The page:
“The reason for giving up the pursuit is almost always the quartermaster’s growing difficulty in spanning the lengthened supply routes with his available transport.
As the commander usually pays great attention to his quartermaster and allows the latter’s estimate of the supply possibilities to determine his strategic plan, it has become the habit for quartermaster staffs to complain at every difficulty, instead of getting on with the job and using their powers of improvisation, which indeed are frequently nil.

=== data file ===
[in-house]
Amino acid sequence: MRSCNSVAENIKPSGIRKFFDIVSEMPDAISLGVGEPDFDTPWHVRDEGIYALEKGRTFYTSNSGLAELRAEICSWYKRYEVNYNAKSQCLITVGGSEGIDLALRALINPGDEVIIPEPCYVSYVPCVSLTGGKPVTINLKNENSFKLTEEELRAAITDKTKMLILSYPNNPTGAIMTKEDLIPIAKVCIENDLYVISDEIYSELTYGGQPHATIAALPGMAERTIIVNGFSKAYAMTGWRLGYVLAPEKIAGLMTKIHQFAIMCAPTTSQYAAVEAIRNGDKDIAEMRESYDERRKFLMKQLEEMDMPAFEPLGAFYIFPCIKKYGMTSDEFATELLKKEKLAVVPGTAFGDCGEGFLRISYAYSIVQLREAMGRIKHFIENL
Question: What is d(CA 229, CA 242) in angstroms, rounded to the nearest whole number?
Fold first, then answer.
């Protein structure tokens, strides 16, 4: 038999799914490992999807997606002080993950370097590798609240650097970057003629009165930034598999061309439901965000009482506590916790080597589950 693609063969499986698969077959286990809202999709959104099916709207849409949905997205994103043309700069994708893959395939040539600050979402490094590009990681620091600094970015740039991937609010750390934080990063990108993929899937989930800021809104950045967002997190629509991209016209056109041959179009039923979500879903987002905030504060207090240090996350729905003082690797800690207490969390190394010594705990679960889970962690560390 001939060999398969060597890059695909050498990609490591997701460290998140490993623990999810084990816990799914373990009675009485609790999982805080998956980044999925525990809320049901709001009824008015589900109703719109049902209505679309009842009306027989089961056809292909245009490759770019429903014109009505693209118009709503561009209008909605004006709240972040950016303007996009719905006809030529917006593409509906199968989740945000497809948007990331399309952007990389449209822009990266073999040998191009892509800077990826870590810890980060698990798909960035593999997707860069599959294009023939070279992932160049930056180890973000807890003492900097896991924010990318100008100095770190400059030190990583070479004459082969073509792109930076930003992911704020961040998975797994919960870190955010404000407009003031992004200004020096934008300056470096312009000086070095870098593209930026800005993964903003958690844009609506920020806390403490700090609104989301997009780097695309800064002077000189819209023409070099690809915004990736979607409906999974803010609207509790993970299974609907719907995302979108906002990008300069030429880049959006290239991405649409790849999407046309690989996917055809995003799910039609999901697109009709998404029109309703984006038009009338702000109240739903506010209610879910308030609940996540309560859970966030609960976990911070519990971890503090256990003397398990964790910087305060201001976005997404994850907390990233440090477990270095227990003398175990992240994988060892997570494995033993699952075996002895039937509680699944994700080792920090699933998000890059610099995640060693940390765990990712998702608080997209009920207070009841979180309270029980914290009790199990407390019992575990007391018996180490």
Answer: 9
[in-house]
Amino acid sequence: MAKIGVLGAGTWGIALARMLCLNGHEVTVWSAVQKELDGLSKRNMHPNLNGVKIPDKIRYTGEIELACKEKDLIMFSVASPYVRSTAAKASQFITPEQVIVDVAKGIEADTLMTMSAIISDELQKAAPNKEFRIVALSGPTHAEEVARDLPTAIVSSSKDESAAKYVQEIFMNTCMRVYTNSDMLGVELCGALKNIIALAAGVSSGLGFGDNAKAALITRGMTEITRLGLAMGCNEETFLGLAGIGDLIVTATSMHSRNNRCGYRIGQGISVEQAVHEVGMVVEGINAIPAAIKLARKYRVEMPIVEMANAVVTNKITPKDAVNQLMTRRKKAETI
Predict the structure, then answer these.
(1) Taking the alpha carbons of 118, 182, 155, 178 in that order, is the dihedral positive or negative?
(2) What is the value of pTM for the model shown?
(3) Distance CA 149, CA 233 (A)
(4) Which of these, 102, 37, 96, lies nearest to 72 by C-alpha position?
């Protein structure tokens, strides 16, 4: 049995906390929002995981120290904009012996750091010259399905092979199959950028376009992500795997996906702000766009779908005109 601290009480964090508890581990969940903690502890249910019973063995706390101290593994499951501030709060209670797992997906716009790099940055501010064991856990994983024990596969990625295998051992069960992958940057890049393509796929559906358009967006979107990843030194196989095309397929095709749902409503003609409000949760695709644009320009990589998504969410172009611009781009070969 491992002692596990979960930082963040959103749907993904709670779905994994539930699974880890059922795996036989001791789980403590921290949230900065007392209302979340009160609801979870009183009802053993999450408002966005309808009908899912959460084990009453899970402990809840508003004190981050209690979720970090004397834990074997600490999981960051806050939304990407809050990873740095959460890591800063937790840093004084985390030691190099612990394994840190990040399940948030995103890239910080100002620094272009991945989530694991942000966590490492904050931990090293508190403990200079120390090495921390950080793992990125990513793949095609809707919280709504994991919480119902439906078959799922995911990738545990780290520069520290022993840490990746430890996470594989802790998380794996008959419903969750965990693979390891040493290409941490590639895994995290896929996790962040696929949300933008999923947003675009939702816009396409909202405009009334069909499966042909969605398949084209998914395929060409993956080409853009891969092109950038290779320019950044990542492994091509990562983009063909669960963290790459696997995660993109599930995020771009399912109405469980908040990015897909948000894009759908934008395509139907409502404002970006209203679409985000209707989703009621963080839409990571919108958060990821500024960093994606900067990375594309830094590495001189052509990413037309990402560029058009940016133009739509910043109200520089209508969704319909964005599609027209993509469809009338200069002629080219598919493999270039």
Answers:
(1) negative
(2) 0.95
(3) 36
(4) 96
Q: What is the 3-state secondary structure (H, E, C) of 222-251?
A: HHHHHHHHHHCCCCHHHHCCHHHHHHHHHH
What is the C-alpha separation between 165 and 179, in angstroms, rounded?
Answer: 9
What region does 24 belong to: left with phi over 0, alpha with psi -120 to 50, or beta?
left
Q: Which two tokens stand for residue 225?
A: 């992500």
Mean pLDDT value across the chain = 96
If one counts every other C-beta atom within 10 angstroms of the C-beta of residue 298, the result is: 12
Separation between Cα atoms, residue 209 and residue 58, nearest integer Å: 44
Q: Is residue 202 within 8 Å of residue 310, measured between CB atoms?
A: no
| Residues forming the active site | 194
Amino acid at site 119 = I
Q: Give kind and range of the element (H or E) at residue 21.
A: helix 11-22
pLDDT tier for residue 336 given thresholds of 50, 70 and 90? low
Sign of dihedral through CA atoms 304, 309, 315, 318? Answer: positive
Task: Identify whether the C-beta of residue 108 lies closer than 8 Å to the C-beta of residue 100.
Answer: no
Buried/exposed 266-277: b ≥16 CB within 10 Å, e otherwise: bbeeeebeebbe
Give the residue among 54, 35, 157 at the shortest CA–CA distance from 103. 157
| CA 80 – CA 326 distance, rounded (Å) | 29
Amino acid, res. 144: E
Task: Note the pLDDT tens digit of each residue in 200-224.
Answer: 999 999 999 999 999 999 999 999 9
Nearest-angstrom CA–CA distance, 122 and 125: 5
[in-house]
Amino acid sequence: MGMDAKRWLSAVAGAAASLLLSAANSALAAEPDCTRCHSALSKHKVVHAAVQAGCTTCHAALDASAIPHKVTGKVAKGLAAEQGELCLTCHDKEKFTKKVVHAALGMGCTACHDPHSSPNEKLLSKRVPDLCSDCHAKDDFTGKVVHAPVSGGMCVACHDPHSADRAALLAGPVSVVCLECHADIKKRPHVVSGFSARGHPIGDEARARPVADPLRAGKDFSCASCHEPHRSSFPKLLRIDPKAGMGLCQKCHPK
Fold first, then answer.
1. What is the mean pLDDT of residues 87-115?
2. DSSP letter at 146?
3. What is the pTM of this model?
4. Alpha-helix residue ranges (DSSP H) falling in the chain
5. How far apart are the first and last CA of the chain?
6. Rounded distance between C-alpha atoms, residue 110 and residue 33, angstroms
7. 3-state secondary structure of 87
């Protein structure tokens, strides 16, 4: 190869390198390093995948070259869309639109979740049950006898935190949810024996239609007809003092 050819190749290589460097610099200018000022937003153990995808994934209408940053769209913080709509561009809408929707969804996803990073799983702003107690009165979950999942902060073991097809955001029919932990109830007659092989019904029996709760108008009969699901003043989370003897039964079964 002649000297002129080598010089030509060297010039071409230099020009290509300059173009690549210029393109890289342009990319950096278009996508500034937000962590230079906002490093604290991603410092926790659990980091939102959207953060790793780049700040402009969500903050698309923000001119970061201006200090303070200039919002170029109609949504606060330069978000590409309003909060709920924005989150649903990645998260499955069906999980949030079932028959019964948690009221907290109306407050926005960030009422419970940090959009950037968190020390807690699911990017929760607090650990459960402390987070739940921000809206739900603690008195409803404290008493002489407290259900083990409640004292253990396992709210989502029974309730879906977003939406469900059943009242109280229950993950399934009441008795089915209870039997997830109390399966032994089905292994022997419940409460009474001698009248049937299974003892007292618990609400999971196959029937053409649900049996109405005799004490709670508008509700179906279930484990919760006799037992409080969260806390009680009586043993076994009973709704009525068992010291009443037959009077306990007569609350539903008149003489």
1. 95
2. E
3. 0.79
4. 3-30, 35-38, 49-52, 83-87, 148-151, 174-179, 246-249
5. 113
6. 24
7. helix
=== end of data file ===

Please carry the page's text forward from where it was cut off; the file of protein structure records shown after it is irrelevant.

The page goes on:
But generally the commander meekly accepts the situation and shapes his actions accordingly.” (Rommel, 1953, p.96).
Field-Marshal Erwin Rommel (the Desert Fox), World War I junior officer and World War II General, considered a brilliant military commander; adored by his troops and feared by his enemies.
Rommel, E., Liddel Hart, B.H. (ed) & Findlay, P. (trans) (1953) The Rommel Papers. St James’s Palace, London: Collins.